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Discussion Starter #21
I wasn't racing. As I recall, the car was running very poorly back then. I was always a Ford guy, and couldn't keep a Chevy running very well. I was planning a major tune-up and carburetor change out, but that didn't happen. The engine was a 327, 300 HP. It could fly, when it ran right.
 

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That was one of Chevrolet's best designed engines up to that point. With the right compression ratio and fuel injection they squeezed 375 HP out of that engine.
 

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Discussion Starter #24
I still have no sympathy for you ....
I believe you have made your point. Why not just divorce yourself from the thread? I know how you feel, and I welcome your feelings. I made a mistake, and have been paying for it since that very day. I know it makes no difference to you, but console yourself in the knowledge that I have been in physical pain since the moment it happened.
 

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All the hindsight and all else aside, and if you were around in the 60's and early 70's, believe it or not, drinking and driving was not, wrongly, taken seriously back then. Comedians joked about it and in New York, DWI level then was 1.5. Impaired was 1.0. 9/30/70, while the end of a bad day, should be thought of as the beginning of good new days.
I posted this without seeing the previous two posts but I wish you the best.
 

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Discussion Starter #26
That was one of Chevrolet's best designed engines up to that point. With the right compression ratio and fuel injection they squeezed 375 HP out of that engine.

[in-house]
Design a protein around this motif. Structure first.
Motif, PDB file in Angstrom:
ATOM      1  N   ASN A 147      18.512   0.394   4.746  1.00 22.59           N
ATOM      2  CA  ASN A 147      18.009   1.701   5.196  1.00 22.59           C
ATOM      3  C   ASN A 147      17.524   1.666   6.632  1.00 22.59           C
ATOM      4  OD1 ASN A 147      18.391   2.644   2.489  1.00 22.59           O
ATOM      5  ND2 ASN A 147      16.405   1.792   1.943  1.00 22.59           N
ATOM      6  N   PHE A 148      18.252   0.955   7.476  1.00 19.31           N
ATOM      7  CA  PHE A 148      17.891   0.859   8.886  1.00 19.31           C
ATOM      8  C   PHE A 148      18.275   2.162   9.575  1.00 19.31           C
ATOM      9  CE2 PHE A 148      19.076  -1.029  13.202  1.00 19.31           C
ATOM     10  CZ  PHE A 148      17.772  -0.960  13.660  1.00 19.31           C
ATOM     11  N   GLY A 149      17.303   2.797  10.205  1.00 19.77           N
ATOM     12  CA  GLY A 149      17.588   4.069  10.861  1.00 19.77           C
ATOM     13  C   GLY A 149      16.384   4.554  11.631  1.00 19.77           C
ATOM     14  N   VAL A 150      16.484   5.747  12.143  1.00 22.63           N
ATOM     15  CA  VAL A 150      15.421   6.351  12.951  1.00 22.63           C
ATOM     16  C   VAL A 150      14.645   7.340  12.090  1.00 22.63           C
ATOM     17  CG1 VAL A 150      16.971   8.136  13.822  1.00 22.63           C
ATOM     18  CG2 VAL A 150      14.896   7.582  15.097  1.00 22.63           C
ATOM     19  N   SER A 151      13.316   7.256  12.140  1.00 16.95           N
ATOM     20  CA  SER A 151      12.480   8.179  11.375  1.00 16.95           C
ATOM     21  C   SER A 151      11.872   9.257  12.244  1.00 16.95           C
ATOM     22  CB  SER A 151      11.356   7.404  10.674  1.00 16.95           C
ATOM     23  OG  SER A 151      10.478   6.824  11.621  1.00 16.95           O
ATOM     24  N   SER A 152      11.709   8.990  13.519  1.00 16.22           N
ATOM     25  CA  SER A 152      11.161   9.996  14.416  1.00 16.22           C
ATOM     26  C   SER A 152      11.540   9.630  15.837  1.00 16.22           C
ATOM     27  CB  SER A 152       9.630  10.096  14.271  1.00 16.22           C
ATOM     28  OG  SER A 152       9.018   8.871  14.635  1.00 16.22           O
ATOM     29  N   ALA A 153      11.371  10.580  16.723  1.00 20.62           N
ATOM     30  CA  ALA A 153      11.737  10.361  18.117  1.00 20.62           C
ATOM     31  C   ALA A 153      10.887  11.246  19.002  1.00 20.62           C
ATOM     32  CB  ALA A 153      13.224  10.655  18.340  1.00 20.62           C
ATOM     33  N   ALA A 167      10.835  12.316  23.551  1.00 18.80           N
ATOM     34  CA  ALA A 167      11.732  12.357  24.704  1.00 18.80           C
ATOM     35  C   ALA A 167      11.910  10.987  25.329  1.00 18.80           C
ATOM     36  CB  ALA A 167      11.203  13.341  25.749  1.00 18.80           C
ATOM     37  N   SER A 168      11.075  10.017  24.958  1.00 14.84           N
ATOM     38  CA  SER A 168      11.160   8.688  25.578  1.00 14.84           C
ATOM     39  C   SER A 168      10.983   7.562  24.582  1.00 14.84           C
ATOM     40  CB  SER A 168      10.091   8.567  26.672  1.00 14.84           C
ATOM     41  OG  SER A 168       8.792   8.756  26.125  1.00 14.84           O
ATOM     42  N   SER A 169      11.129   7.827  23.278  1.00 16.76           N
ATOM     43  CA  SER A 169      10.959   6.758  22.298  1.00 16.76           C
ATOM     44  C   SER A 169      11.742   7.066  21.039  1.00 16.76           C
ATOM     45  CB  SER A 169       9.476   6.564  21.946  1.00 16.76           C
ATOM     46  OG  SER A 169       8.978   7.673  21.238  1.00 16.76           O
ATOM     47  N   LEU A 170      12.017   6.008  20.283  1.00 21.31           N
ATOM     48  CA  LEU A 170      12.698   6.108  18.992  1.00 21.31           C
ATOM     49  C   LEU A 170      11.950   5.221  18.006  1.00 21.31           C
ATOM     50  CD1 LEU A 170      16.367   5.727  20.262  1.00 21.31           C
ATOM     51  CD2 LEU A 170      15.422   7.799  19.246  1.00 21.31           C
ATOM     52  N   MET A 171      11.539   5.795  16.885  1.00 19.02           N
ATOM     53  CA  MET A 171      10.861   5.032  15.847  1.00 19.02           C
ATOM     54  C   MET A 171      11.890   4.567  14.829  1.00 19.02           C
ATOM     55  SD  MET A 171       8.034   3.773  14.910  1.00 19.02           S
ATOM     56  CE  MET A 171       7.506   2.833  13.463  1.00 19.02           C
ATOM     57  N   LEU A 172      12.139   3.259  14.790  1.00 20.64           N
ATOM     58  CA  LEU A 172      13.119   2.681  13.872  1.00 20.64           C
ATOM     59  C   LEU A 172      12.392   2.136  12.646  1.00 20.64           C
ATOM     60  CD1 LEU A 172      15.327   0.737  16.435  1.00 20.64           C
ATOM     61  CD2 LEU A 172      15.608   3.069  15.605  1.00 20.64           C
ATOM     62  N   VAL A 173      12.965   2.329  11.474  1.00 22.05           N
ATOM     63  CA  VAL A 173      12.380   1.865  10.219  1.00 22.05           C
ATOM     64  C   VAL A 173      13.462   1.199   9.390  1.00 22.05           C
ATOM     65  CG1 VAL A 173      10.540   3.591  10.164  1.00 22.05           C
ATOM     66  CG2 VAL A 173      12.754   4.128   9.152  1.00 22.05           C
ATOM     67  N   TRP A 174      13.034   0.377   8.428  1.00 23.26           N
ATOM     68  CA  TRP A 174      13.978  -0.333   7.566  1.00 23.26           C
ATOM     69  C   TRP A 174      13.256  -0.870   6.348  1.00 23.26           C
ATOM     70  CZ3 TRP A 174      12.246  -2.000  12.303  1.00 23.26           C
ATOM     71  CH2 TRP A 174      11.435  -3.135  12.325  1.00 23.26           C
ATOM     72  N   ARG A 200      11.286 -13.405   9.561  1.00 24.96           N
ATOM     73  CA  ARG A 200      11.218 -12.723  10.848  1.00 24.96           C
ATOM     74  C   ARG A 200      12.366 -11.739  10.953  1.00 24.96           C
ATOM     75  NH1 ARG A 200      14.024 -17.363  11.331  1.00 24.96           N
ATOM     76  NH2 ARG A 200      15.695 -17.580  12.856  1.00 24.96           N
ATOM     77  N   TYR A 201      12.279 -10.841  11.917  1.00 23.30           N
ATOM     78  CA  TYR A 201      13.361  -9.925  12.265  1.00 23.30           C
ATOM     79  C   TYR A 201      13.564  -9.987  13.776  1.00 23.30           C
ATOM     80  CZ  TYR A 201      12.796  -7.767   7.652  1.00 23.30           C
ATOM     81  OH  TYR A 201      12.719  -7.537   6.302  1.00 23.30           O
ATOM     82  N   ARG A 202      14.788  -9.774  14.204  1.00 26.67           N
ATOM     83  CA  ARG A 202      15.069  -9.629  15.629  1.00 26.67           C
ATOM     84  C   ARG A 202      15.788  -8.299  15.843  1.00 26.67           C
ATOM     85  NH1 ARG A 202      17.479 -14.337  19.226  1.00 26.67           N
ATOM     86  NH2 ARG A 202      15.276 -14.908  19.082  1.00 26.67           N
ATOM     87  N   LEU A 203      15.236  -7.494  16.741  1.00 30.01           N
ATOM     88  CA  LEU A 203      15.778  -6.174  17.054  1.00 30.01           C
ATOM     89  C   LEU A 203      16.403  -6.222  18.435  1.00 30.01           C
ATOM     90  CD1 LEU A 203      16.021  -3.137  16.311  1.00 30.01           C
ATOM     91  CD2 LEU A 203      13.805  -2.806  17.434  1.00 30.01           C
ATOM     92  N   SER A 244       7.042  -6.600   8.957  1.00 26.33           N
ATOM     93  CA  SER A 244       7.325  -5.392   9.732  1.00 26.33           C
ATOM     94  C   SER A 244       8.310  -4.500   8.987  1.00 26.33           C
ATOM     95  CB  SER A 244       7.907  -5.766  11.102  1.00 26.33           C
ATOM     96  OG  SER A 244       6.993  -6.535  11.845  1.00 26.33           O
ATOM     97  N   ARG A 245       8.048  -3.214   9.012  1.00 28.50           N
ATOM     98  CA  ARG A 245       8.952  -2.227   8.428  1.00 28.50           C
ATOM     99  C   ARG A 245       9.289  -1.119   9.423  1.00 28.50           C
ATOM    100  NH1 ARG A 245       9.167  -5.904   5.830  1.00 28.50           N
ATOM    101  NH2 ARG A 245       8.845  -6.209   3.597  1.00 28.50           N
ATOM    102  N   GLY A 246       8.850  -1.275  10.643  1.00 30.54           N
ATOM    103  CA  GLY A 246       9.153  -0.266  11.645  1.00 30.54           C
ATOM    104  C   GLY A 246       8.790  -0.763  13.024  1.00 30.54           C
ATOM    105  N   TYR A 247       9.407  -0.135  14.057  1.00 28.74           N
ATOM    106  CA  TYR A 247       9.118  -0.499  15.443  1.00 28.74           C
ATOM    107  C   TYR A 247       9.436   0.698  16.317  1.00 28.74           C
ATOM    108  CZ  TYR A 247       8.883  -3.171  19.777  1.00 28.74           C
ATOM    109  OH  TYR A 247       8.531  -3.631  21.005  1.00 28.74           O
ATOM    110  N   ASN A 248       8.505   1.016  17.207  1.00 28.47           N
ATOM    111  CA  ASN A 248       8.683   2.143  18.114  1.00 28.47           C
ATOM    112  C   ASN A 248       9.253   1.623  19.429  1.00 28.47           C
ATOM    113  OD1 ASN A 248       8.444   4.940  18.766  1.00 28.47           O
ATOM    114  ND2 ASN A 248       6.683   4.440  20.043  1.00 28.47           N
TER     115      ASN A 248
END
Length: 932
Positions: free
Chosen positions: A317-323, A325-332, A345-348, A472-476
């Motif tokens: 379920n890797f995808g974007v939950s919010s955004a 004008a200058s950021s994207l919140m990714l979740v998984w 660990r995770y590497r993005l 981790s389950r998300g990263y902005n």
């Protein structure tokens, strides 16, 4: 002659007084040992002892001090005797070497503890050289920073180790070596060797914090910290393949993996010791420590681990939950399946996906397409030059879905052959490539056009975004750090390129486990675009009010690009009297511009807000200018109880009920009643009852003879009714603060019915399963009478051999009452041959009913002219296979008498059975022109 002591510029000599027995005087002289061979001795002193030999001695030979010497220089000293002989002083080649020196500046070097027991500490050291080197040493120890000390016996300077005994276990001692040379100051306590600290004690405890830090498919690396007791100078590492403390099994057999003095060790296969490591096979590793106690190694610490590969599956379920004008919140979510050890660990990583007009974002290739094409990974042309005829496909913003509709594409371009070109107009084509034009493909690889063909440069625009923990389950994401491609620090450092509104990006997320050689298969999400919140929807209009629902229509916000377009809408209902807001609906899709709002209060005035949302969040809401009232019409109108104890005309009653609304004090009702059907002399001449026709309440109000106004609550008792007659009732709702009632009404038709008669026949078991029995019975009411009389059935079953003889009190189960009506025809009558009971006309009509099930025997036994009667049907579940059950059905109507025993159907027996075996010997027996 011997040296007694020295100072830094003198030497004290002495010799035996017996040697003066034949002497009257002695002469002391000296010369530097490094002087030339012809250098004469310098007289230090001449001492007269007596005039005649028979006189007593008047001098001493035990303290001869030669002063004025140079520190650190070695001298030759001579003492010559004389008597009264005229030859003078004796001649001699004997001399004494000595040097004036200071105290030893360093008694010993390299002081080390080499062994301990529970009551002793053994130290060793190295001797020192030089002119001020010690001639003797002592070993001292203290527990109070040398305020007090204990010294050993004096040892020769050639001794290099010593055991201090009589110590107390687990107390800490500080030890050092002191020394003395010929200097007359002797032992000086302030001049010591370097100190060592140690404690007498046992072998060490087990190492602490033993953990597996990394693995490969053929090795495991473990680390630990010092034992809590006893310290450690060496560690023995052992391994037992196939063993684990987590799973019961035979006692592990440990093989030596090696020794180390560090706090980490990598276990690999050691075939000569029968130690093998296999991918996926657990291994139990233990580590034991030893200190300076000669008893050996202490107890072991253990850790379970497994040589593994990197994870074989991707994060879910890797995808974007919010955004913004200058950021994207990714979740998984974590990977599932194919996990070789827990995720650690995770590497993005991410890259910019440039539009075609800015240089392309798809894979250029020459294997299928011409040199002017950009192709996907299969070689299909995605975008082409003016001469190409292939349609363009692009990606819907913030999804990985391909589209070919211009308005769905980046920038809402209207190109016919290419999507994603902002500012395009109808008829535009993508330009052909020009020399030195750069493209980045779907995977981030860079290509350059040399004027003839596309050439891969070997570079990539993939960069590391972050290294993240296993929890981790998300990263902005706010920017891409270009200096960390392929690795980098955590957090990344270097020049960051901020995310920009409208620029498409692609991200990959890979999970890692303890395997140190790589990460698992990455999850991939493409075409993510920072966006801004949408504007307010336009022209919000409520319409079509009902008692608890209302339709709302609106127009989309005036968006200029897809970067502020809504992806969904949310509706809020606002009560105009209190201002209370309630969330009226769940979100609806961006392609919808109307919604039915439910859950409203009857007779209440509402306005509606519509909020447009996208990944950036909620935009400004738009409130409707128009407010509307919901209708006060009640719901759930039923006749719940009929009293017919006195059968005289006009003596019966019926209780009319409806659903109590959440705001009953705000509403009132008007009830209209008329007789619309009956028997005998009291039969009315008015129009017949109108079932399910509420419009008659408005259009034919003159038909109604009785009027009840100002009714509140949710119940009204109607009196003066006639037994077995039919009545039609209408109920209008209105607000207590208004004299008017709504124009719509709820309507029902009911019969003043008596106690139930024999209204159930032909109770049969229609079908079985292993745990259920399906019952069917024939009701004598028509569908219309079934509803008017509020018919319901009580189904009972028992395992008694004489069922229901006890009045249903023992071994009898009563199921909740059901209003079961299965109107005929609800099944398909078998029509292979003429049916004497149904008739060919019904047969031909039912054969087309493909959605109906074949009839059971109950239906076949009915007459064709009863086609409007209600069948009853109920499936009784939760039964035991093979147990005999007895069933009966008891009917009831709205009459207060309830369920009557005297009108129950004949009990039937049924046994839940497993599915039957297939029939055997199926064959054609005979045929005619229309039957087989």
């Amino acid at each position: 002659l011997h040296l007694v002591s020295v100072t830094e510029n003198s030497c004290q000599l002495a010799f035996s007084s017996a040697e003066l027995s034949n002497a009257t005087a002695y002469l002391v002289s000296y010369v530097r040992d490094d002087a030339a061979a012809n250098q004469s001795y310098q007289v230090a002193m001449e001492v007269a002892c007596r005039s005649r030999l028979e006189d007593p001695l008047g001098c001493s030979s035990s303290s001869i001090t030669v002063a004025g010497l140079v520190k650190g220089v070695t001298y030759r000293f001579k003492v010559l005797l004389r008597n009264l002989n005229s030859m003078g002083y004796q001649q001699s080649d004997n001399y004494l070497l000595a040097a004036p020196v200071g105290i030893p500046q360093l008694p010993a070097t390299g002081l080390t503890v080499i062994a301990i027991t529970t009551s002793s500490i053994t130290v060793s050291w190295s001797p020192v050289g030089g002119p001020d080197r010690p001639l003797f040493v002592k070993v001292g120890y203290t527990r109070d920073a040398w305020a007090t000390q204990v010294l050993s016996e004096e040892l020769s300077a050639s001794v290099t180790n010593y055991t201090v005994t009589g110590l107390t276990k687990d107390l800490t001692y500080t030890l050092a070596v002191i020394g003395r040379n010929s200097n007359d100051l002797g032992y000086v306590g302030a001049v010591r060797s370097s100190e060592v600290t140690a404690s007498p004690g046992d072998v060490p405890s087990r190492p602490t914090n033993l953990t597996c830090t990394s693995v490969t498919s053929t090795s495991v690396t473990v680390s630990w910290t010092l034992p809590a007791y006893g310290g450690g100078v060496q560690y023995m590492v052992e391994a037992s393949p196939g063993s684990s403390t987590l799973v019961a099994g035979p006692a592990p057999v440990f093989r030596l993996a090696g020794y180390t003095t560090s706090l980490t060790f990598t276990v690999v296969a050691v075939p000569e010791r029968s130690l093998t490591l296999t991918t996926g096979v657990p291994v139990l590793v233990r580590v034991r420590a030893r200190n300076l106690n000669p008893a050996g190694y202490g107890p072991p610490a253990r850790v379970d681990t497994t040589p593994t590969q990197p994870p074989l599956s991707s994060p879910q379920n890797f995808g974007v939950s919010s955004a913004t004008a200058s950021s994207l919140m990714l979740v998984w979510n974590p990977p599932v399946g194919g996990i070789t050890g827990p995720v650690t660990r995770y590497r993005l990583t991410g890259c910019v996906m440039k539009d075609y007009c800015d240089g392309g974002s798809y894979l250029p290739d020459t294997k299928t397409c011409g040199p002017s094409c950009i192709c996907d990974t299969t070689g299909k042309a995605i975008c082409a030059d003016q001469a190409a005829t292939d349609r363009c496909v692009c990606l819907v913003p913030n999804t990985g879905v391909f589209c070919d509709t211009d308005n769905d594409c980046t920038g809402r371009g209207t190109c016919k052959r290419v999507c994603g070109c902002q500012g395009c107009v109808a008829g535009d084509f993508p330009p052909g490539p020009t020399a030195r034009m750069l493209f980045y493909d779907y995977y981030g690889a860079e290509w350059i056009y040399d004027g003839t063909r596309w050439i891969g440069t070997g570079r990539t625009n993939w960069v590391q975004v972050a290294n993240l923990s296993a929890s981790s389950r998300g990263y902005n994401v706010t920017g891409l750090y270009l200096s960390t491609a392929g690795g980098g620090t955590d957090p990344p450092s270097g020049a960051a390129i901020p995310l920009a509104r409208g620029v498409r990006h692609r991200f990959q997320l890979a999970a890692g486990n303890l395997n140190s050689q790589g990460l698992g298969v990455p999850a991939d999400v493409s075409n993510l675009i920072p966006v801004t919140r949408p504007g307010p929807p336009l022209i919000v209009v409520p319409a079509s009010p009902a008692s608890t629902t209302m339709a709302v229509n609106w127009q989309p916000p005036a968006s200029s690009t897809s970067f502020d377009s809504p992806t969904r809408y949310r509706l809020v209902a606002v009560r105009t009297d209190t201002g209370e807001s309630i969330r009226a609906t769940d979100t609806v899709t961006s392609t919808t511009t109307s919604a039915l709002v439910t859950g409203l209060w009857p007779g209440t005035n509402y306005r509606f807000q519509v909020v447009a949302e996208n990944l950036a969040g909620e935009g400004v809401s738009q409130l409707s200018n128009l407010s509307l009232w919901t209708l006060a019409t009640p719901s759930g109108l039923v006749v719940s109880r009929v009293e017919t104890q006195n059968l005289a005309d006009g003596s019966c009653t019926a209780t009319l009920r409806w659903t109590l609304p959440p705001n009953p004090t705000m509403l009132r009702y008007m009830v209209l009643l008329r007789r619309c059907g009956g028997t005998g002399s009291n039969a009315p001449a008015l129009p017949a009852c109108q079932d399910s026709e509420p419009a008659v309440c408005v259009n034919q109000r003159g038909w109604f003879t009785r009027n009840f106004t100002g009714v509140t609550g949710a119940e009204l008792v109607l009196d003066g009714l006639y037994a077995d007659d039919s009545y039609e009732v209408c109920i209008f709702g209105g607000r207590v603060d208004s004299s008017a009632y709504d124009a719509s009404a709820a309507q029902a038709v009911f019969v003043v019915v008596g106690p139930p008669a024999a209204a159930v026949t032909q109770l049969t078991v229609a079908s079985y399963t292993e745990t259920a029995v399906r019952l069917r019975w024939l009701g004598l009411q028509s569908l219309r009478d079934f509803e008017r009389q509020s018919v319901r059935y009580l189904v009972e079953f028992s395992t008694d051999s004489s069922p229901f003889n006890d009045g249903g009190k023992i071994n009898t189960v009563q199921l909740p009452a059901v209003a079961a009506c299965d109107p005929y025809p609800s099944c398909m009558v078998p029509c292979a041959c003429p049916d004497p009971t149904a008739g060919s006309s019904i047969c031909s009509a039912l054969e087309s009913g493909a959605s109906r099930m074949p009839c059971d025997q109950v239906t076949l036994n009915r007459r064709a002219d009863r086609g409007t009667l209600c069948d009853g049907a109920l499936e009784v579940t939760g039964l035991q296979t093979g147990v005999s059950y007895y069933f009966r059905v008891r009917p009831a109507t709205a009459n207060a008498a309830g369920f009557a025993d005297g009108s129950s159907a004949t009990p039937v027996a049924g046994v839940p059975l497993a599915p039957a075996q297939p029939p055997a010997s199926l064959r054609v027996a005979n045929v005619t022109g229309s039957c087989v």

The 30/30 Duntov cam did a lot to add to that horsepower.
 

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The Chevy small block was a great engine. I owned and built up a lot of them, and always preferred what wecalled the "two F" versions ("Fix it and Forget about it)" versions rather than the "three F" (Fuss and Fiddle Forever). I didn't think that small extra increment of power you got from extreme versions of either the small block or big block (375HP, 425HP+) was worth the hassle. It could mean a tenth or two at the strip but day to day it was better to go with hydraulic lifters and just one reasonably sized four barrel. So I never went with the solid cams, the multiple carbs, etc. The 350 V8 in either 300 HP or 350 HP form was well-behaved and powerful enough for the street and just never gave problems. A friend's 375 was never really a nightmare, but it would would be tempermental on cold mornings or in street traffic, had an erratic idle, no low end torque at all until it was fully warmed up, and required that he re-adjust the value lash every so often - which means he came over and got me to help him. I really hated that type of work although at least it was easier on a solid-lifter 'vette than on an XKE.
 

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Discussion Starter #28
Didn't the XKE have two over head cams? An acquaintance of mine had two XKE's, and had serious mishaps with both of them, IE, Jan and Dean experiences without the hospitalization.
 

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Different times back then. Drinking and driving didn't have the stigma it does now. Seat belts had only been mandatory 2 years before the car was built and were only required installed, not worn. Society was still coming to terms with speed. But trees never change. I wrapped my Camaro around a tree 10 years ago and it behaved the same as yours. I hit it sideways, the tree cut into the car's trunk about 2', the car did a complete 180 around it and ended up in a ditch on the other side. I walked away with a few scratches (seat belts and airbags). The tree lost some bark.
 

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Discussion Starter #30
Speed now is a big contributor to fatalities. Alcohol still plays a problem. Cars now, have speed limiters on them. I had a 2004 Mini Cooper that was electronically limited to 134 MPH. Sure, today cars are safer, and people are injured less, but there are those who still manage to get around these issues and defeat all attempts to keep life intact.

I distinctly remember two sayings when I was young, Buy your son a Corvette (or motorcycle) for his last birthday.
 
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